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Q. Can you clarify the term effaced lymphoid tissue in my pathology report?

Answered by
Dr. Prakash H. Muddegowda
and medically reviewed by iCliniq medical review team.
This is a premium question & answer published on Aug 09, 2017

Hi doctor,

I had an open cervical lymph node biopsy performed about two months ago. They developed suddenly and became quite large over three months. I additionally have lost 35% body weight in a year. I feel incredibly fatigued, unable to eat, developed an enlarged spleen and even showed a sharp drop in my blood counts. The surgeon, who performed the biopsy, indicated that the pathology report was normal. But, after learning that he caused debilitating damage to my spinal accessory nerve, I would like to get a second opinion of the report. Here is what it says. Diagnosis: Skeletal muscle, fibroconnective and fibroadipose tissue with somewhat effaced, but lymphoid tissue with extensive crush artifact. Note: Impacted foreign material is also identified. The process appears to be reactive in nature; however extensive crush artifact is present thereby limiting interpretation. Please correlate with clinical findings. Was there an antecedent procedure at the site? Gross description - Specimen consists of two irregular fragments of tan tissue measuring 1.2 x 1.0 x 0.5 and 1.0 x 0.4 x 0.3. The largest piece has white sutures attached, which are removed. The specimen is entirely submitted in one cassette. The surgeon assured me two months ago that everything looked great and allowed me to read the report. Can you clarify the terms effaced lymphoid tissue, impacted foreign material and irregular fragments? Also, in what condition they are commonly seen? What process appears to be reactive in nature? Does the gross description indicate two pieces of lymphoid tissue or two complete lymph nodes? I was told that he removed four complete nodes. Should he have submitted all four? The measurements do not indicate which unit of measurement was used, but do the numbers seem normal? Is there any reason for sutures have been attached to the largest piece of tissue? Please explain.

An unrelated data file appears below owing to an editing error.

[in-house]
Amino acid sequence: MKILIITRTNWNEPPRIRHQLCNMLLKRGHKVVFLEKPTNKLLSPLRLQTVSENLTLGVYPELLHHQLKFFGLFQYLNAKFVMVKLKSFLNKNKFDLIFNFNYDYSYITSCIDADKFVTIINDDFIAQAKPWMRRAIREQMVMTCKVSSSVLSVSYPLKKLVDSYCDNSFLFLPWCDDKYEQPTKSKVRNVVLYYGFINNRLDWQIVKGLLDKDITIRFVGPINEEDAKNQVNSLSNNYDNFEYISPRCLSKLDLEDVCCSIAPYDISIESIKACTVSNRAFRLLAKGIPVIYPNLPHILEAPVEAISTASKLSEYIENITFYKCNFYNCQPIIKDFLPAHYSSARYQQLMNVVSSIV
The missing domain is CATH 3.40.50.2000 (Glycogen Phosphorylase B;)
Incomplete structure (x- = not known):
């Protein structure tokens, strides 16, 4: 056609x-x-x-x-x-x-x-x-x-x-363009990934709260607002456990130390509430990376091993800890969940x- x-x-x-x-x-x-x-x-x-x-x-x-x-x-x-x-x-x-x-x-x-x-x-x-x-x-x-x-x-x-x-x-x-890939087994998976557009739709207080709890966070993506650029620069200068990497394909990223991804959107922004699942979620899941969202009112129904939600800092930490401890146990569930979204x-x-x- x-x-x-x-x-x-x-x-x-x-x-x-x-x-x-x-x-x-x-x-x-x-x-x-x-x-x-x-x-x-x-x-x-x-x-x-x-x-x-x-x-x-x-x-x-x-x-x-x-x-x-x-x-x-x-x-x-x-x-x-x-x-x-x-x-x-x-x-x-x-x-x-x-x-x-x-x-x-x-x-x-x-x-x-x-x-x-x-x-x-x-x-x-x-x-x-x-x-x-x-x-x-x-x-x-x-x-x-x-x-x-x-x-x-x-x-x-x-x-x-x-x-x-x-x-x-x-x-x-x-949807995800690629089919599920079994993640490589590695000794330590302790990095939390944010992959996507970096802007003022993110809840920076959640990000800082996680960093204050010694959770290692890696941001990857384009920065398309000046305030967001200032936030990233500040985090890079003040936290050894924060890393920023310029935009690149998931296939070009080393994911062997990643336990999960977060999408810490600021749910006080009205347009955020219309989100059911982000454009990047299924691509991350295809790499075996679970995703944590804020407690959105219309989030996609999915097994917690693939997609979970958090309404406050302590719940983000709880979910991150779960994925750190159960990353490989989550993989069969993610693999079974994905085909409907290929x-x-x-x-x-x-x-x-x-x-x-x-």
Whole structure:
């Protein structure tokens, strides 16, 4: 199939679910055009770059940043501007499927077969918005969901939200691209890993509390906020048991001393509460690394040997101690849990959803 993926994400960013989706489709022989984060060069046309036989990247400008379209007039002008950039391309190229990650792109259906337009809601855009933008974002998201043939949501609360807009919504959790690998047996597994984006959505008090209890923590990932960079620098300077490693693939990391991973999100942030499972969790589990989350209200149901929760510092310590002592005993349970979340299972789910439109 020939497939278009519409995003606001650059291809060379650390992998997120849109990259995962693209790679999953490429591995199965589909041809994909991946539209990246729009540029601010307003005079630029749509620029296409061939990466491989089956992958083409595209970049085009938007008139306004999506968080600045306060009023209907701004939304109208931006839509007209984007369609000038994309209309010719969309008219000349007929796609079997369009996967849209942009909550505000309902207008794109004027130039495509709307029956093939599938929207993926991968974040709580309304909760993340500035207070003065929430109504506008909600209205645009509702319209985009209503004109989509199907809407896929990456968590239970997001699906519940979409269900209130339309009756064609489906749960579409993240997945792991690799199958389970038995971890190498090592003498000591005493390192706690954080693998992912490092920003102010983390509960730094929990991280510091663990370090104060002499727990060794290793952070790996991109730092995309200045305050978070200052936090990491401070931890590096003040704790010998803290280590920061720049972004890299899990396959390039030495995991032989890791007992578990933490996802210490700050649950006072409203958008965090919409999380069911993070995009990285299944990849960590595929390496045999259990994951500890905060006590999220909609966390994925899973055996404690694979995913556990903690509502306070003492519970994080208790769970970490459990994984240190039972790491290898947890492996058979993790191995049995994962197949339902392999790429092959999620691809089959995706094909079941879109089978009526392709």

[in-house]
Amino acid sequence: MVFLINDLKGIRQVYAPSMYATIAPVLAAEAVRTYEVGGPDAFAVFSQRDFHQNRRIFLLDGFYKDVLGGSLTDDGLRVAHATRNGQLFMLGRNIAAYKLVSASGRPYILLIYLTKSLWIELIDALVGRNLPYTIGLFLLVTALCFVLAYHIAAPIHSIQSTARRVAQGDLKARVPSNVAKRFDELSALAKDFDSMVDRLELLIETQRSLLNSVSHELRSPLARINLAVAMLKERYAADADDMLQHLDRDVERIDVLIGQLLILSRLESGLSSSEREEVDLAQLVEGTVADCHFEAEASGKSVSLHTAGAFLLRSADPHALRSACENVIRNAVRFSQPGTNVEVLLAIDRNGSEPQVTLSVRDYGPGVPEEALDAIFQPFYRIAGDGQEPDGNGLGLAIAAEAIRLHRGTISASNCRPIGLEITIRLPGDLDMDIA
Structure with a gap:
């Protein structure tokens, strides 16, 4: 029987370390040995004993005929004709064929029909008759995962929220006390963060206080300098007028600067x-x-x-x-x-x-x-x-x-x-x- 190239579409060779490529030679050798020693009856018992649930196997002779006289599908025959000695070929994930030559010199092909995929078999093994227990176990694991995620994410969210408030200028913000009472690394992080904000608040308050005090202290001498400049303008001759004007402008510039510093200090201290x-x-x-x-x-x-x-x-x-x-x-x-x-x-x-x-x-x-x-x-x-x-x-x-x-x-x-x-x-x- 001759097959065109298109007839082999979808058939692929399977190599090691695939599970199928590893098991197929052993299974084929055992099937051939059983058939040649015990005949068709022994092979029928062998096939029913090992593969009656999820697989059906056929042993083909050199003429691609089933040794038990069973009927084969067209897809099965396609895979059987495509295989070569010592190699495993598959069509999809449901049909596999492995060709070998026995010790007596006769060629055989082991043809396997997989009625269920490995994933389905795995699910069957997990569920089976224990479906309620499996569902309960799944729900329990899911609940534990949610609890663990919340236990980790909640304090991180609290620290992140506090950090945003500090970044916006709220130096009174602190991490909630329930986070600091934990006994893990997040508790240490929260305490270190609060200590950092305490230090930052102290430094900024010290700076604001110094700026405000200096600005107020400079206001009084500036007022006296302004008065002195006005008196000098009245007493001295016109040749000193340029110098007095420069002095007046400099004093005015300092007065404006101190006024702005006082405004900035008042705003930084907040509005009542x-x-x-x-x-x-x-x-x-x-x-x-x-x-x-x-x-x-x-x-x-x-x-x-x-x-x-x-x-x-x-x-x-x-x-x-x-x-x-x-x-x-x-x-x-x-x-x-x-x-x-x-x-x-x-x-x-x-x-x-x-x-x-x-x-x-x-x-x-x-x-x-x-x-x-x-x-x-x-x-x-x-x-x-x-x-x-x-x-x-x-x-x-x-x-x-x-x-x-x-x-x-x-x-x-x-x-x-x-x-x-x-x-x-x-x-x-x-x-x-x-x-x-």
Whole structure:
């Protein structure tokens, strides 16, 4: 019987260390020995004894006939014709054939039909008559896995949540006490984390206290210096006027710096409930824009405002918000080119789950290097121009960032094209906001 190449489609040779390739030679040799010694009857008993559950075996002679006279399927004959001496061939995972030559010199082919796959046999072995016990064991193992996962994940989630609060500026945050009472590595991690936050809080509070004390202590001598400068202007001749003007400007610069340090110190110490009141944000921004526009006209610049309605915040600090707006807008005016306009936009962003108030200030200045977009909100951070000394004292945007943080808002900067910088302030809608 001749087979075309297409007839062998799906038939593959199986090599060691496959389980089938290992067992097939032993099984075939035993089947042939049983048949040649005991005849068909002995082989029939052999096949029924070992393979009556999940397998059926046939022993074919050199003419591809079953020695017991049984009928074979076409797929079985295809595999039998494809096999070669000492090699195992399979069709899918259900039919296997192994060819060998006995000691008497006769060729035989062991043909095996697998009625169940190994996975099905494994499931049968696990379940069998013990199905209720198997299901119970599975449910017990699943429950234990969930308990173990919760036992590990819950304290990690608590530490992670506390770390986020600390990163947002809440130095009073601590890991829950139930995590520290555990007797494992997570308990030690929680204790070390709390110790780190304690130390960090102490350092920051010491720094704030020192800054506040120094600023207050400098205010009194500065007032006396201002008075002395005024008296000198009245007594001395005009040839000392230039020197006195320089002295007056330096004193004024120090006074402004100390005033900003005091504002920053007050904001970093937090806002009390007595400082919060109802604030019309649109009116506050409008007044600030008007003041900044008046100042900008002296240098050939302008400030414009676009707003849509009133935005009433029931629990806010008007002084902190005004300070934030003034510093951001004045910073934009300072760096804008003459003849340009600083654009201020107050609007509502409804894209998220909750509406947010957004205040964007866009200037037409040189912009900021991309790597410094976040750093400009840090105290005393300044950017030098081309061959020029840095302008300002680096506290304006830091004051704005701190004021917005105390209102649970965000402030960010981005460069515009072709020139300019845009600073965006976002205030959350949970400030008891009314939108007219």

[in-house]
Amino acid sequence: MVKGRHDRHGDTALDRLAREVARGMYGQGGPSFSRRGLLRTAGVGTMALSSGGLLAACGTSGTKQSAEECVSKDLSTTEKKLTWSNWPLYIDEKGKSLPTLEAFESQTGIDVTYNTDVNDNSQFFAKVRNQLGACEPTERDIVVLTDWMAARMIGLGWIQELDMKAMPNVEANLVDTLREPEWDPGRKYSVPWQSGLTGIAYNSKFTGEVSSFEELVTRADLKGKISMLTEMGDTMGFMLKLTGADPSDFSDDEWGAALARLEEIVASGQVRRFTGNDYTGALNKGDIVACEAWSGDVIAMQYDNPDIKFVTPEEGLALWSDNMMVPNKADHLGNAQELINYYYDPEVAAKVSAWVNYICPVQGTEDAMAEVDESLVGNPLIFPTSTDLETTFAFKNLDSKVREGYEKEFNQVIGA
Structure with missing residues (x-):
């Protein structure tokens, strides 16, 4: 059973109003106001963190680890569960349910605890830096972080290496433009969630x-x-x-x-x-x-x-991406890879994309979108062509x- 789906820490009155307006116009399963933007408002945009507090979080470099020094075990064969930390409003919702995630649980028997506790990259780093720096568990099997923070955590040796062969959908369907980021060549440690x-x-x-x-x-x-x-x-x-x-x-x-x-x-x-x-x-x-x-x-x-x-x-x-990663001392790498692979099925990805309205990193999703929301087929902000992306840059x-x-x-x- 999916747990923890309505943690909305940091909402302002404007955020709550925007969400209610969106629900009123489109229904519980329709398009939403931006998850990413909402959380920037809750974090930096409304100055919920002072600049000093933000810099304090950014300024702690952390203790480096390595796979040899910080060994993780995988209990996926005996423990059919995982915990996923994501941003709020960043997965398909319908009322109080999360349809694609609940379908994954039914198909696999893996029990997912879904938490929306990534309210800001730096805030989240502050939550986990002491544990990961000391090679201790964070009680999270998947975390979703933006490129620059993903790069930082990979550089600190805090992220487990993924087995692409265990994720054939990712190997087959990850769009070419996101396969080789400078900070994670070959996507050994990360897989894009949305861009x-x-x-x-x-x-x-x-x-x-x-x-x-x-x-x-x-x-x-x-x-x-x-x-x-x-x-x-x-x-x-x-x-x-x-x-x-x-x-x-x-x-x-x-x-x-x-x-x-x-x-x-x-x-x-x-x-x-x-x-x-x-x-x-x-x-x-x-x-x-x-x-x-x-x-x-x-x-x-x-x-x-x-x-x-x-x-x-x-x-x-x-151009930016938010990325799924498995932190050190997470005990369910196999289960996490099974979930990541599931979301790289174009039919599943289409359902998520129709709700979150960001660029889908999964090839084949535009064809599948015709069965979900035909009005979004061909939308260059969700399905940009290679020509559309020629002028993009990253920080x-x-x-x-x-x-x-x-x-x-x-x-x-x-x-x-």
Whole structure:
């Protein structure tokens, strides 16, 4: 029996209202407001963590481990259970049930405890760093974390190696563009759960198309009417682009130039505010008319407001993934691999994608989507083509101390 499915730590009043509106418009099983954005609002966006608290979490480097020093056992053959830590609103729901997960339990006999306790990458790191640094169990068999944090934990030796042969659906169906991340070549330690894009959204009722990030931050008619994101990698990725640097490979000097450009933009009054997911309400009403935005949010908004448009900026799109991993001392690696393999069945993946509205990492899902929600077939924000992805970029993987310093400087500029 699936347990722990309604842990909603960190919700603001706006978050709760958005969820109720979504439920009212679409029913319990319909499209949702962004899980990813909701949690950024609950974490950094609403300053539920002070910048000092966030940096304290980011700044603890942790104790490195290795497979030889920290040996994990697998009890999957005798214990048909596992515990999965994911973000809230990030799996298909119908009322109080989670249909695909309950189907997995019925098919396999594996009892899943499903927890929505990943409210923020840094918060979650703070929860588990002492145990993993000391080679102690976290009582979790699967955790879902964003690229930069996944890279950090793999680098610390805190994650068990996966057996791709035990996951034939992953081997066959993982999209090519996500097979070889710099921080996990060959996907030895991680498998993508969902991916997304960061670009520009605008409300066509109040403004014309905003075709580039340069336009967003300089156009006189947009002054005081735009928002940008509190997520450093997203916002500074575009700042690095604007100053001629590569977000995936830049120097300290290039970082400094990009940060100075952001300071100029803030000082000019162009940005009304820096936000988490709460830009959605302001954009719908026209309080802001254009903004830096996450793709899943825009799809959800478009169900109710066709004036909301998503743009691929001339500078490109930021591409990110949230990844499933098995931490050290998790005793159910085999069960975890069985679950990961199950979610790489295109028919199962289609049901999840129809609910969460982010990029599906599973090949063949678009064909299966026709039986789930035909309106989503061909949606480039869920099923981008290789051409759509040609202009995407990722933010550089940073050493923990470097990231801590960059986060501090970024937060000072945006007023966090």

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Hi,

Welcome to icliniq.com.

Based on your query, my opinion is as follows:

  • When the nodes are small, during biopsy due to holding by forceps to remove the nodes, crush artifacts are known to occur.
  • Larger nodes are much easier to remove without crush artifacts, whereas in smaller nodes, it can occur.
  • To be more precise, it can occur more in normal, because abnormal lymph nodes are usually firm to hard. Normal nodes are known to be soft in nature and more commonly crush artifacts can be found, if the node is small.
  • Effaced lymphoid tissue means the structure of a lymph node is a bit altered. Reactive means, more lymphoid follicles are present, indicating the lymph node response to infection.
  • Impacted foreign material, here the suture is the foreign material. Sometimes to identify nodes or tissues, it is common to suture the tissue. As multiple nodes were removed, to identify the initial node, it is often tagged. As no pathology was found, it has no significance.
  • Sometimes, the nodes will be small and stick to each other during processing. Hence, instead of four nodes, they might have found two larger nodes.
  • The measurement is usually in centimeters, means it is very small. Irregular fragments, means the tissue while removing, as they are soft in nature, loose the nodular shape. Hence, they are termed irregular fragments.
  • Based on the size and part of tissue showing reactive nature, I would not suspect anything wrong in the pathology report. If the nodes were larger or at present if you have any large and hard nodes, then further evaluation will be necessary.

For further information consult a pathologist online --> https://www.icliniq.com/ask-a-doctor-online/pathologist


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